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Calls to save Broadmarsh vision amid fears over commissioners’ likely arrival at city council

today24 June 2022

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Calls are being made to protect Nottingham’s vision for Broadmarsh which could “turn the city’s fortunes around” after plans were lodged for commissioners to be appointed by the government at Nottingham City Council. Council leader David Mellen has admitted it is likely the commissioners will be sent in to oversee the authority’s finances and try to balance the books.

It comes after the collapse of Robin Hood Energy and almost £40m from the council’s Housing Revenue Account was found to be misspent on the wrong services. Amid fears some of the city’s most valuable council-owned assets could be stripped away or sold, figures from across Nottingham have come together to emphasise the importance of plans – which are already well underway – to redevelop Broadmarsh.

In December last year a new vision for the Greater Broad Marsh area, which is roughly the size of Wembley Stadium, was unveiled by the project’s advisory group. Nottingham City Council had established the group, which is chaired by the Nottingham Project’s Greg Nugent, after shopping centre giant intu collapsed into administration in 2020.

New skatepark to be built as part of Broadmarsh redevelopment – read more here.

Nottingham’s Broadmarsh centre almost completely demolished – read more here.

Mr Nugent has worked on major projects, notably acting as director of the London 2012 Olympic and Paralympic Games Organising Committee, and has stressed how important the next two years are for the historic hub of the city. He said: “It would be my personal view as someone who has chaired work on Broadmarsh, that what we need to do as an entire city is we would need to impress upon the commissioners just how much of a unique opportunity the city has with Broadmarsh.

“Huge progress has been made since December, and a lot more has been made in the background – the market reaction has been stunning. I would say it’s vital if they do come in that the city council and all of us stress that this is a strategic turning point for the city. If they do end up with strategic control, everybody should play their part so the commissioners understand just how strategic it can be to the city’s long term future.

“Broadmarsh can turn the city’s fortunes around. That will be a really important part of their process. [Broadmarsh] has been done really differently, they have used a lot of volunteers like me and we believe this scheme is deliverable – it is a critical two years for the Broadmarsh project.”

An artist's impression of the Broad Marsh project by Heatherwick Studio.
An artist’s impression of the Broad Marsh project by Heatherwick Studio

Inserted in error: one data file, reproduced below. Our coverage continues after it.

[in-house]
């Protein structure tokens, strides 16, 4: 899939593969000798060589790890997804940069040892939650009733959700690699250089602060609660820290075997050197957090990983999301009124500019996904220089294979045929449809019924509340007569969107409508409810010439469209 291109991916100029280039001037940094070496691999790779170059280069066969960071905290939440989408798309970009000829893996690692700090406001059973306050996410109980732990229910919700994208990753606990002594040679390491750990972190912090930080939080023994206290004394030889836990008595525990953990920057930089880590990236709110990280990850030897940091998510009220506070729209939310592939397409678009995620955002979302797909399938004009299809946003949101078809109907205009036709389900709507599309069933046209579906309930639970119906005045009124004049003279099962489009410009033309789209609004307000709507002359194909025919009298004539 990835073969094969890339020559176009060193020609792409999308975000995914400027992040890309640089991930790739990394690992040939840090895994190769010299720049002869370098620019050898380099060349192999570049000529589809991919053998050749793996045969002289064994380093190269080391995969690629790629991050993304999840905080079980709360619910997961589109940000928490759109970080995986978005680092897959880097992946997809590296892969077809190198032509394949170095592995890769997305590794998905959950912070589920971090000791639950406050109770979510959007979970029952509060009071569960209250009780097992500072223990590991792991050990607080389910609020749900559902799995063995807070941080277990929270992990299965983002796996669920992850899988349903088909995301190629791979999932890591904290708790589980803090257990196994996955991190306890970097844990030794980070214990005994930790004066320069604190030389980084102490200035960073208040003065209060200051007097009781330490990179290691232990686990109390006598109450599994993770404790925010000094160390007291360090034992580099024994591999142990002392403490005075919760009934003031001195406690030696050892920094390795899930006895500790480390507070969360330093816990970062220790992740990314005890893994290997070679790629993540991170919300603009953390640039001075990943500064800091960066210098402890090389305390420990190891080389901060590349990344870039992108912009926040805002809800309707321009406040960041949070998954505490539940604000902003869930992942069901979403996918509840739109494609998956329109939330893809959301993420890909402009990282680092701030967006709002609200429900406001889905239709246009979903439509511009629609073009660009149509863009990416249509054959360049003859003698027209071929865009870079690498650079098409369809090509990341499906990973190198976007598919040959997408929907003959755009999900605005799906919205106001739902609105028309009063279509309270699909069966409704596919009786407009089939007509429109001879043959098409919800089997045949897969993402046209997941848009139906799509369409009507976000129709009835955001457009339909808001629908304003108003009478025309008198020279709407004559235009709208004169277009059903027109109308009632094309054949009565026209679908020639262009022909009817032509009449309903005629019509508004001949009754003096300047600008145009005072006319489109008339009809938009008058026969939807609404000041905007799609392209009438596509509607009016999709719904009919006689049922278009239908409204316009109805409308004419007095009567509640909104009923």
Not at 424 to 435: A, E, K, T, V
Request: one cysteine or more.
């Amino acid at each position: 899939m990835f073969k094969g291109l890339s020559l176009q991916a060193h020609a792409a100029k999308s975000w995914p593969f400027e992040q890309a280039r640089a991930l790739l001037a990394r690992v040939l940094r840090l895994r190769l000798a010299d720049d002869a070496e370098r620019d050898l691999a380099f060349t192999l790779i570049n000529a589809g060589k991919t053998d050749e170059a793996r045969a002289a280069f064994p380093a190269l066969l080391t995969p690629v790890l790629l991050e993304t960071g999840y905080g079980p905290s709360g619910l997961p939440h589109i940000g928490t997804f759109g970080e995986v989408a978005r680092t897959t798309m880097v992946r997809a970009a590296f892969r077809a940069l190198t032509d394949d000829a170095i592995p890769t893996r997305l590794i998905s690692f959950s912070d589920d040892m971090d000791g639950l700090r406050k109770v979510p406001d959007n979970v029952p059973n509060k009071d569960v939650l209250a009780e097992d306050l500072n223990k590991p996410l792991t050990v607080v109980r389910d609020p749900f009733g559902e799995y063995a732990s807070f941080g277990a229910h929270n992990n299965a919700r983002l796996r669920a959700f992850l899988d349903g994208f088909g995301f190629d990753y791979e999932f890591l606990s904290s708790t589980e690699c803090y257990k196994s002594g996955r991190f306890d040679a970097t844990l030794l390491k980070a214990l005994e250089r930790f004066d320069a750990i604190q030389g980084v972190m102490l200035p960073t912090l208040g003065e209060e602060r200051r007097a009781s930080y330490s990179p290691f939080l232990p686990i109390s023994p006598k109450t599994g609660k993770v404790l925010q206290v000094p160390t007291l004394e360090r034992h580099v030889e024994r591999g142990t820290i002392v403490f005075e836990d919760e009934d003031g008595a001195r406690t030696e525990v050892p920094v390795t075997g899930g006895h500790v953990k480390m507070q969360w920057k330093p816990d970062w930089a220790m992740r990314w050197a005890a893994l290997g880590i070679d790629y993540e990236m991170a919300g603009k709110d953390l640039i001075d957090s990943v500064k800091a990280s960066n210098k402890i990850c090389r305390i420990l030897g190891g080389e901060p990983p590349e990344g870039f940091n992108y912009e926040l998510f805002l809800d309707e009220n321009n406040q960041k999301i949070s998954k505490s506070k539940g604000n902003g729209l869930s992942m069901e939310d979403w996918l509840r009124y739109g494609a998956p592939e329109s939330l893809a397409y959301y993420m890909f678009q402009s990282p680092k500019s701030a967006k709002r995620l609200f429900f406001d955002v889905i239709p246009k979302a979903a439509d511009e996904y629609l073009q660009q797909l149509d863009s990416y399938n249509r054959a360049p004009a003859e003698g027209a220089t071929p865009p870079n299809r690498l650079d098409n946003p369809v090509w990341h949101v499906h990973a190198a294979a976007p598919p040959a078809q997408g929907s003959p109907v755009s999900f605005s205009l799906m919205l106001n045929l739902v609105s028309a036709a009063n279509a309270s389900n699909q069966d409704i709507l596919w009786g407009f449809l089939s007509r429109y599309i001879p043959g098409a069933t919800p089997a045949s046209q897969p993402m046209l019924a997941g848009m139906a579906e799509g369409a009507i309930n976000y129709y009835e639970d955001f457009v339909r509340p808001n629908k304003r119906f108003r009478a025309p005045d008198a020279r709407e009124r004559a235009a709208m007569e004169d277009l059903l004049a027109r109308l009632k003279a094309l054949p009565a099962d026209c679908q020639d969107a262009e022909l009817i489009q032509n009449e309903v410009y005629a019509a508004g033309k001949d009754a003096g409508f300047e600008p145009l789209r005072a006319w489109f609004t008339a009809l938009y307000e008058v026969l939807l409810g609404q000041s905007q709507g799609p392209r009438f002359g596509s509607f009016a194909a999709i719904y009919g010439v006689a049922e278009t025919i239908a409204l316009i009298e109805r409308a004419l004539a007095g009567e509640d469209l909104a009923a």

So far a new vision has been thought up, with the help of world-renown urban designer Thomas Heatherwick and his studio, revealing plans for 700 new apartments, a hotel, a new entrance to the caves and a green area known as Lister Square. The project is undoubtedly one of the most important Nottingham has ever faced, shaping the face of the city for years to come.

Hilary Silvester, chair of the Nottingham Civic Society, said: “It is an important part of the city. A lot of time and money has gone into improving that area and I think that having a welcoming approach to the city is very important, we have done some good work to begin with.

“It’s important that it should be treated sensibly with a view to its historic significance so it should be managed appropriately and fairly. It belongs to the city of Nottingham.”

People in Nottingham city centre said they hoped the latest developments at the council wouldn’t derail plans for Broadmarsh. Roma Lovett, 25, from Bingham, who works at Hopkinson in the city centre, said: “That would be tragic as a redevelopment would bring a lot more customers. If it doesn’t get built it would affect the whole of the area.”

Paul Ford, 53, a private tutor from Hucknall, said:“I don’t want it left like this. The site should be used for the betterment of the area. No one wants it to stay derelict. Needs to be used for something.”

David Harris, 46, a Christian evangelist from the Meadows, told Nottinghamshire Live: “I think the interesting thing about Broadmarsh is that it’s a bit of a gateway to the city – it’s an important spot. So I think it’s something that they need to come up with a plan for and hopefully get it looking nice.

“It’s a great opportunity, so hopefully they’ll end up getting it looking good.”

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Written by: thehitnetwork

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